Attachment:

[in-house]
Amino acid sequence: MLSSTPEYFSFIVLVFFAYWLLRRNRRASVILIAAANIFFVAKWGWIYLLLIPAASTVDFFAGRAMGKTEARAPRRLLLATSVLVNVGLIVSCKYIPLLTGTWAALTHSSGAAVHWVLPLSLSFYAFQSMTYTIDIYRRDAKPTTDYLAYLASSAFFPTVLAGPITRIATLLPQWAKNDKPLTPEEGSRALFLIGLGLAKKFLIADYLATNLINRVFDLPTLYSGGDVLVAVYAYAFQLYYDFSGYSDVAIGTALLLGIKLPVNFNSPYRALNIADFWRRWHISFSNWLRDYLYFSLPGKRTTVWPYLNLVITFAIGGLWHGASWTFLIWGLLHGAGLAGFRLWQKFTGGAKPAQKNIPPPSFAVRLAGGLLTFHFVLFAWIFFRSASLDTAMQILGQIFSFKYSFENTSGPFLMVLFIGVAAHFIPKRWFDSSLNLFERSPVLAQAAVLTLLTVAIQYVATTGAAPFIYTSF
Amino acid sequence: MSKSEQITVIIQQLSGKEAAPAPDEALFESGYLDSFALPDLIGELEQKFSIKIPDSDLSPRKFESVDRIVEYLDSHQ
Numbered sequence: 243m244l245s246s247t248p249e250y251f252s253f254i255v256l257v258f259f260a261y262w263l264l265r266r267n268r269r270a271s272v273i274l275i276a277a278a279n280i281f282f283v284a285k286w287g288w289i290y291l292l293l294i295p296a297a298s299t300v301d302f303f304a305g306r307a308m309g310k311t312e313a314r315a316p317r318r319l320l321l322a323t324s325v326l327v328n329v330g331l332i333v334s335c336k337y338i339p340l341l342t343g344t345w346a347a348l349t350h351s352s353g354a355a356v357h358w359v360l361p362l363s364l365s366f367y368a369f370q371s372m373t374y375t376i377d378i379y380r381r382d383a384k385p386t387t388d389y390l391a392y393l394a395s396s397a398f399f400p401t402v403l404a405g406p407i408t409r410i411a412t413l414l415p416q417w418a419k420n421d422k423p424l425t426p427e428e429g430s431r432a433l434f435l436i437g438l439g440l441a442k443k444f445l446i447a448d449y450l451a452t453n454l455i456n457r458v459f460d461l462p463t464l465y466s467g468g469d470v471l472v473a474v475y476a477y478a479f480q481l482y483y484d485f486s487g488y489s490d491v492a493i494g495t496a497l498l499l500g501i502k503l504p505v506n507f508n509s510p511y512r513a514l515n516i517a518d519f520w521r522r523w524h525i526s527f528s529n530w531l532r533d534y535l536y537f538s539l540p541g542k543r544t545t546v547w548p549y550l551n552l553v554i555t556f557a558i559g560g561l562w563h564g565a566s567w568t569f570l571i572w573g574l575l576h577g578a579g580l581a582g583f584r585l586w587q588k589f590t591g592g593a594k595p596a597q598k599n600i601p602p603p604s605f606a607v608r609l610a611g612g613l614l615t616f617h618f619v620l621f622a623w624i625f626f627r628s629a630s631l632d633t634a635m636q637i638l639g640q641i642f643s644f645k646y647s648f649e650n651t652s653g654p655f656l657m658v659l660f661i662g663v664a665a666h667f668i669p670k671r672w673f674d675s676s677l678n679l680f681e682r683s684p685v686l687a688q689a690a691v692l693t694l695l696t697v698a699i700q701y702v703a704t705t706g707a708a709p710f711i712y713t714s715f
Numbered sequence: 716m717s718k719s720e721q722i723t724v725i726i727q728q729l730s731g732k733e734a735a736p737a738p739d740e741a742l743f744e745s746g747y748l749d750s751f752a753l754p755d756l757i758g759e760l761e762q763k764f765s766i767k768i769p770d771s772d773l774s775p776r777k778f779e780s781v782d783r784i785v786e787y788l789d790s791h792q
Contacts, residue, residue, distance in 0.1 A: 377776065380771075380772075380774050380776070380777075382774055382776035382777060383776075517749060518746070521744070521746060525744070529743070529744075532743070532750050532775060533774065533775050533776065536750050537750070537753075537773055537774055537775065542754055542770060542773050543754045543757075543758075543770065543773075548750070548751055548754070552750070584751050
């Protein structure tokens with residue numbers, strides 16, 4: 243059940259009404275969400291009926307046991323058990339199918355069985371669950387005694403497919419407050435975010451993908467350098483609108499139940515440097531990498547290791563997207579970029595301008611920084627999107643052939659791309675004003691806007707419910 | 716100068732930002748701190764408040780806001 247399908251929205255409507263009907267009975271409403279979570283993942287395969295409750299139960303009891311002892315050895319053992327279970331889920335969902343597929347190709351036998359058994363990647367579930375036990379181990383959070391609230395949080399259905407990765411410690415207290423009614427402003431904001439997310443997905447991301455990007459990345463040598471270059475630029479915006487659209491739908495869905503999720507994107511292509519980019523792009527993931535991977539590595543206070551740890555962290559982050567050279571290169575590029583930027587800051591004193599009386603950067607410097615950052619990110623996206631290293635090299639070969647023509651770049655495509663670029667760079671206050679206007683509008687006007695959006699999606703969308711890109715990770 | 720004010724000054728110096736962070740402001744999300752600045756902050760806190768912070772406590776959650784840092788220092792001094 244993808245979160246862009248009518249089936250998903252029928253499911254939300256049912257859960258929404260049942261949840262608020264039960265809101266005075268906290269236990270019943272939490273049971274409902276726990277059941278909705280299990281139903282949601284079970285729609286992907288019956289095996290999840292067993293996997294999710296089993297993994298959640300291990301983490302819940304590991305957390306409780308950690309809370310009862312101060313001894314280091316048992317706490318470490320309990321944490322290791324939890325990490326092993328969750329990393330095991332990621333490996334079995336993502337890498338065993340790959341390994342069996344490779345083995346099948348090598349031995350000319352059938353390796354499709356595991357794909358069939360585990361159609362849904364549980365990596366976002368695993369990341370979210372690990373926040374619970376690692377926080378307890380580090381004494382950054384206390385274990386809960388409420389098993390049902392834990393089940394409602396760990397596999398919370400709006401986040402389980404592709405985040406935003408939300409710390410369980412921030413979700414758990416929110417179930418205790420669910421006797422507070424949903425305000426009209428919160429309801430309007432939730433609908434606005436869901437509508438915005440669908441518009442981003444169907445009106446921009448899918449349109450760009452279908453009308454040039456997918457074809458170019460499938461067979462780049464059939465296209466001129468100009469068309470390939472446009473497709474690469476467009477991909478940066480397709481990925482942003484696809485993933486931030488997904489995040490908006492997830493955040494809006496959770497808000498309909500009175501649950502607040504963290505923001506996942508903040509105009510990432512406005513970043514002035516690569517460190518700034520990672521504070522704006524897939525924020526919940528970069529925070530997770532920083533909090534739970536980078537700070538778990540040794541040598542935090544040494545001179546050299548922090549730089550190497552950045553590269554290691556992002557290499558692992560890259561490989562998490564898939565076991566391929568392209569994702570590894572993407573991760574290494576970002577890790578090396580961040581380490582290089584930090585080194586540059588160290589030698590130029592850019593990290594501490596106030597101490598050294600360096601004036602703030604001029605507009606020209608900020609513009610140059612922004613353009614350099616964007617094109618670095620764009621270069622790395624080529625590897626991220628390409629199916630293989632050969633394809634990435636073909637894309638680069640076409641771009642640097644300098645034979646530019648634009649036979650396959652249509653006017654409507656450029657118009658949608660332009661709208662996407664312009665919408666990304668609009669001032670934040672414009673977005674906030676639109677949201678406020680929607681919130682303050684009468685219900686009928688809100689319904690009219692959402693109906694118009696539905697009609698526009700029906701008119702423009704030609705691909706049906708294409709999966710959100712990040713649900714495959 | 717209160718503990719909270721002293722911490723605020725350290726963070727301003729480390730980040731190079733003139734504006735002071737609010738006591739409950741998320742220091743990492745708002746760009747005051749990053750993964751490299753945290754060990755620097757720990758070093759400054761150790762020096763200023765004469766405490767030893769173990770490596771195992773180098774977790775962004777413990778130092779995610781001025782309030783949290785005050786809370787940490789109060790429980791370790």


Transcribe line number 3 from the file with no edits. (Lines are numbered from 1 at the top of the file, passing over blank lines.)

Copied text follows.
Amino acid sequence: MSKSEQITVIIQQLSGKEAAPAPDEALFESGYLDSFALPDLIGELEQKFSIKIPDSDLSPRKFESVDRIVEYLDSHQ